Federal regulators are working on a proposal that would create a truck speed limit using electronic engine devices in a proposed rule anticipated in 2023.
The Federal Motor Carrier Safety Administration (FMCSA) has issued a notice of intent to solicit comments that the agency will use to inform a supplementary notice of proposed rulemaking (SNPRM), which will include a proposal to amend the regulations and set a speed limit. It would affect trucks weighing more than 26,001 pounds.
The top speed is in flux. Whatever it is, it would maintain that setting for the service life of the vehicle, the agency said.
Leading trucking officials of national and multi-regional carriers by and large backed the plan. But the Owner-Operator Independent Driver Association (OOIDA) reiterated its long-standing opposition to any mandatory devices to limit speed.
“I think it’s a good idea and so does our safety group,” Chuck Hammel, president of Pitt Ohio, the nation’s 15th-largest LTL carrier, told LM.
When Pitt Ohio talks about truck safety, it is worth listening. Pitt Ohio has won the prestigious American Trucking Associations’ (ATA) President’s Trophy in the Over 100 Million Miles category. This marks the seventh time PITT OHIO has received this award, winning every year the company has been eligible.
“We have had speed limiters on our trucks for many years,” Hammel said. “They are set at 67 MPH. We feel the slower everyone drives the safer the road will be.”
Officially, the American Trucking Associations has not taken a position yet on the measure. But ATA President and CEO Chris Spear welcomed the FMCSA’s updated plan for a speed limiter rule.
“We intend to thoroughly review FMCSA’s proposal, and we look forward to working with the agency to shape a final rule that is consistent with our policy supporting the use of speed limiters in conjunction with numerous other safety technologies,” Spear said in a statement.
The divide is with the OOOIDA. On the surface, OOIDA says it opposes mandating speed limiters, because they would lead to increased interactions between trucks and passenger cars, thereby decreasing safety.
But privately, industry sources say OOIDA’s opposition is more economic, than safety. That’s because the vast majority of all long-haul truck drivers are paid by the mile, not by their time. So any decrease in miles driven is essentially a pay cut for drivers.
Last January, the National Roadway Safety Strategy unveiled by the Department of Transportation (DOT) cited speed as a significant factor in fatal crashes. Use of speed management could reduce serious injuries and fatalities, according to FMCSA. The National Transportation Safety Board listed speed limiters on its Most Wanted list in 2021.
“The number of commercial motor vehicle (CMV) crashes in which speed is listed as a contributing factor is unacceptable,” FMCSA said. “A carrier-based approach could provide the opportunity to compel fleets that are not currently using speed limiters to slow down their CMVs within a relatively short period.”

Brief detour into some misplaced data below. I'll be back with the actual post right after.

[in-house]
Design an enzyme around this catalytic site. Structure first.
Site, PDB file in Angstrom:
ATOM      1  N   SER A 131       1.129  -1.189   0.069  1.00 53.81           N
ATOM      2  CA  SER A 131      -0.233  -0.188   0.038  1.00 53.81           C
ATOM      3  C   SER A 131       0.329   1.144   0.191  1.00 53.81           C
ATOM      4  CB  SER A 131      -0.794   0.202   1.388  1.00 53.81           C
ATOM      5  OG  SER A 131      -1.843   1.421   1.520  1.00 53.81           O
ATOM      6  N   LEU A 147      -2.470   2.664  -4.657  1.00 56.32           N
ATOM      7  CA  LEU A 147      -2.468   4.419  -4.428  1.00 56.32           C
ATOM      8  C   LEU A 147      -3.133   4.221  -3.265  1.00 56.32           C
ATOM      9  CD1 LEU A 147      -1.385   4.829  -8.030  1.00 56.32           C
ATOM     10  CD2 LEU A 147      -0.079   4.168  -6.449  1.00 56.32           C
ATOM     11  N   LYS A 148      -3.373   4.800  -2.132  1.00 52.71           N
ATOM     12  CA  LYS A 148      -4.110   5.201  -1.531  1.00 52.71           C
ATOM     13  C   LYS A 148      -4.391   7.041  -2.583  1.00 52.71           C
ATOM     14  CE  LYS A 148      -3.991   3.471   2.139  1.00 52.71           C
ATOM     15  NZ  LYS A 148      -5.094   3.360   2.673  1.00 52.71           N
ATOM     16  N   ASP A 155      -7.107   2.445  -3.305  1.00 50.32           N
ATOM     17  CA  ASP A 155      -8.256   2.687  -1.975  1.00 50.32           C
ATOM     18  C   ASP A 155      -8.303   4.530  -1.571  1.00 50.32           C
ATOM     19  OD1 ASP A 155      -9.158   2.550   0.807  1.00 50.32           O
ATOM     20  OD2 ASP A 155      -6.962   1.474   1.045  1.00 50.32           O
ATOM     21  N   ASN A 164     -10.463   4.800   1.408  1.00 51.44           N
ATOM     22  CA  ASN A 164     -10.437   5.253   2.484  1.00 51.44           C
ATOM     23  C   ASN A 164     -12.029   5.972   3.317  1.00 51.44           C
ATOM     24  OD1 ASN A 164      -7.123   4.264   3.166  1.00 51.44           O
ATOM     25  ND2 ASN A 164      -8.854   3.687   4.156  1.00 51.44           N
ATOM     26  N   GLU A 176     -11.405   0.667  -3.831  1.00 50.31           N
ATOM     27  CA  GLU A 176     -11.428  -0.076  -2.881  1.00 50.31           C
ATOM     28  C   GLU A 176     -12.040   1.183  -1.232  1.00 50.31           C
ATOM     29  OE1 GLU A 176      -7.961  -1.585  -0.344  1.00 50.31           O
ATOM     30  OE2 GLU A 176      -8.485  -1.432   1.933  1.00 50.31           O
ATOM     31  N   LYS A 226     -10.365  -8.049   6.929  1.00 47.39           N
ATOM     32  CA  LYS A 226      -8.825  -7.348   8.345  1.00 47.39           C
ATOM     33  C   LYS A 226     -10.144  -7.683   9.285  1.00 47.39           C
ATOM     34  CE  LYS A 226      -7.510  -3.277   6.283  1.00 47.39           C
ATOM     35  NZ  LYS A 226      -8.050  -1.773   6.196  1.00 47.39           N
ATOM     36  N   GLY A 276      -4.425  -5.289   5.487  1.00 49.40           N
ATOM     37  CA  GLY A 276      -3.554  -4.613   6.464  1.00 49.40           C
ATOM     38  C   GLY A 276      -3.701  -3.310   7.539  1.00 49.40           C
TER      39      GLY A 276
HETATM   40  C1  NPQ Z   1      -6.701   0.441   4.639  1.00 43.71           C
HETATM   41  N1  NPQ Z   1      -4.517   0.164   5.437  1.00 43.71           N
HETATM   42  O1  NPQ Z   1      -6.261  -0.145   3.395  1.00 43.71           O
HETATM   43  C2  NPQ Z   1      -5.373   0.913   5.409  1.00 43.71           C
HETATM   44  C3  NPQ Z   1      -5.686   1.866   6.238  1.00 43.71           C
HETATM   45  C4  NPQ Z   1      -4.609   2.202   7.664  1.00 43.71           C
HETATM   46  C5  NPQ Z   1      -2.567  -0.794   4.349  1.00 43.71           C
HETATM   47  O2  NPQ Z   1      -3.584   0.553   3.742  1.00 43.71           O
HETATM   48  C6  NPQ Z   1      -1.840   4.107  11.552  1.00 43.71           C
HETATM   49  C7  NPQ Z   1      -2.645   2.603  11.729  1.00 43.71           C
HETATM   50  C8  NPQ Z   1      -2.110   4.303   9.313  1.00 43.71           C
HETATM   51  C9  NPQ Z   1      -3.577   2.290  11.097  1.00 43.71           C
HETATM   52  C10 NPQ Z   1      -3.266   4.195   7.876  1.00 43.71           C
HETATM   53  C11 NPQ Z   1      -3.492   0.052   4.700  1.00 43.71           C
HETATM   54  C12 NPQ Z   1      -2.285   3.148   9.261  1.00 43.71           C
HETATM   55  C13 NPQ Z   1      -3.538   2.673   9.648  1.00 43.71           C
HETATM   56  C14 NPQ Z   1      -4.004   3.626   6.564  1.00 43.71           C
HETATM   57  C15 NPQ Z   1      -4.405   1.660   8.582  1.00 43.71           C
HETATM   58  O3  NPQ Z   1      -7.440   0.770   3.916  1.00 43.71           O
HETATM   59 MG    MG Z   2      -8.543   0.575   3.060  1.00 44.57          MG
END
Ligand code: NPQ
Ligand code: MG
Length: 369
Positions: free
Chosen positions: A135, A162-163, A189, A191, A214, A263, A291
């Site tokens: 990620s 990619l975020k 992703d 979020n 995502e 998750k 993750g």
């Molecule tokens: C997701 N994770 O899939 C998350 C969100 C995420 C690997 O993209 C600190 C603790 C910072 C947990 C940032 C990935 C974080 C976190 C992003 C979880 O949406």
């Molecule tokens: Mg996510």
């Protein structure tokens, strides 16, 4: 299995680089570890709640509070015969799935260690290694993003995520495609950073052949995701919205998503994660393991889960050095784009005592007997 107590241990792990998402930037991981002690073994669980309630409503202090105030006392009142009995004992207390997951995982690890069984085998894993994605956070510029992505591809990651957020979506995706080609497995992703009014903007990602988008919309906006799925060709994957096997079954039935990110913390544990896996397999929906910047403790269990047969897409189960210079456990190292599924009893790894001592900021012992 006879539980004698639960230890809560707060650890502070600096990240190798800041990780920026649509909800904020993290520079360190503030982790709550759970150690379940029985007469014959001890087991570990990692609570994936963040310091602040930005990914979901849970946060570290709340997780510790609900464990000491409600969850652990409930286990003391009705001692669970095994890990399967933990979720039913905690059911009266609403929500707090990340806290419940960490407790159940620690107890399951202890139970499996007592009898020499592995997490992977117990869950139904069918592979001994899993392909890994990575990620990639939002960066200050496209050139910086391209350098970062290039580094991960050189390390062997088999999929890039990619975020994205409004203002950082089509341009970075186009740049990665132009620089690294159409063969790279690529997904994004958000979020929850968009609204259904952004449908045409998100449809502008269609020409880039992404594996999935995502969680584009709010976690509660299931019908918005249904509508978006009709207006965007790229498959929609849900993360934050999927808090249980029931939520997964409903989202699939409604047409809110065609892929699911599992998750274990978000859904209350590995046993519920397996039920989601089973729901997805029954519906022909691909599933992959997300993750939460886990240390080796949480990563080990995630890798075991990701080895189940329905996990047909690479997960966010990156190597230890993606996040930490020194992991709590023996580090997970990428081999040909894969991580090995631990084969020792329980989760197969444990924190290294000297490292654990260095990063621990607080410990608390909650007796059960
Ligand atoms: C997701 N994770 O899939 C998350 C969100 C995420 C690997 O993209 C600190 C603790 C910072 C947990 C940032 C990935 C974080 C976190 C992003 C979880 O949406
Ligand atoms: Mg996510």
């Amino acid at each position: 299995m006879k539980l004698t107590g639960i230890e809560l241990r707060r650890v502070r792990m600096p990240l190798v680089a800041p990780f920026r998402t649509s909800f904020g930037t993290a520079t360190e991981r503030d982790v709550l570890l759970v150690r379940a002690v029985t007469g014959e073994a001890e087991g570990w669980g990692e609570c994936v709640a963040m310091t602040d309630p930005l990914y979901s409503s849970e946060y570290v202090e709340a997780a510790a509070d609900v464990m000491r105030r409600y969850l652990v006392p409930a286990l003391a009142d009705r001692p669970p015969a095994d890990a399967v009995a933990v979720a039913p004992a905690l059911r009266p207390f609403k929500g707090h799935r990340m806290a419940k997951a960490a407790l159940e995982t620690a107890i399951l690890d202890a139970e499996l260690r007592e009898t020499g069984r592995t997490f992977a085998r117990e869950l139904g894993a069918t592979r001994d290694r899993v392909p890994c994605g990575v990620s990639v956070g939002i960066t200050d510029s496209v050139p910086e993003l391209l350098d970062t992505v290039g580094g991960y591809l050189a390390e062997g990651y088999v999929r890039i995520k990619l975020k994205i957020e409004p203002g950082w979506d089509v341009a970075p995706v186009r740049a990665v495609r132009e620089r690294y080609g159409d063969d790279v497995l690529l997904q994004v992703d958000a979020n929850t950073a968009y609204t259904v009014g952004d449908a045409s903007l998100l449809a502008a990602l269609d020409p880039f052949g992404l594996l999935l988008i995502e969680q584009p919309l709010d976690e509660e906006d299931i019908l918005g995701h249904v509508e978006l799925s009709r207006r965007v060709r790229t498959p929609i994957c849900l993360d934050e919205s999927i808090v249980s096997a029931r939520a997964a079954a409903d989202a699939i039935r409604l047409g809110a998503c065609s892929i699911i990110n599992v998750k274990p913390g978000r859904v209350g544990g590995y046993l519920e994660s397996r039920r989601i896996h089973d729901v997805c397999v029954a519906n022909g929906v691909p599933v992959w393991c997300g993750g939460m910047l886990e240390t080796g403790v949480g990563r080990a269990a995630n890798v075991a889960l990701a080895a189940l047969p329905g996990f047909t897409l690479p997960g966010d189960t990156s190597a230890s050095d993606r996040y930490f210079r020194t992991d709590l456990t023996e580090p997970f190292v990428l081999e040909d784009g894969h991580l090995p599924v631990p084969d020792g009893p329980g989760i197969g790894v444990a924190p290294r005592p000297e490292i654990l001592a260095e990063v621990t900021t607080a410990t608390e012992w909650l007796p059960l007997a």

Federal regulators considered both a carrier- and truck manufacturer-based approach to speed limiters in 2016, when FMCSA and the National Highway Traffic Safety Administration (NHTSA) jointly proposed a speed limiter rulemaking.
But under the Trump administration, regulators within the DOT and other agencies backed off any stringent proposals. To date, Ontario and Quebec are the only two jurisdictions in North America to require speed limiters set at around 68 MPH (105 KMH). Those laws have been in place since 2009.
Speed limiters already are in place on rural federal interstate highways in 10 states. They currently restrict large trucks to a maximum speed of 65 mph or lower, while cars are permitted to drive faster.
In the 33 European countries, the average maximum speed limit for large trucks is 50 mph. The speed limit for cars is 70 mph, a speed differential of 20 mph, again with no reported safety issues, according to safety groups.
Since 2019, the Trucking Alliance, an industry-based safety coalition, has been pushing for mandatory speed limiters set at 65 mph.
“I’ve spent my entire career in the trucking industry. There’s simply no legitimate reason for an 80-foot tractor trailer to be driven within a few feet of other motorists, at speeds of 70 or 75 or 80 miles per hour.” Steve Williams, chairman and CEO of Maverick USA in Little Rock, Ark., co-founder and president of the Trucking Alliance and also a former chairman of the American Trucking Associations, said in a statement posted on the Trucking Alliance website.
About the Author
John D. Schulz
John D. Schulz has been a transportation journalist for more than 20 years, specializing in the trucking industry. John is on a first-name basis with scores of top-level trucking executives who are able to give shippers their latest insights on the industry on a regular basis.
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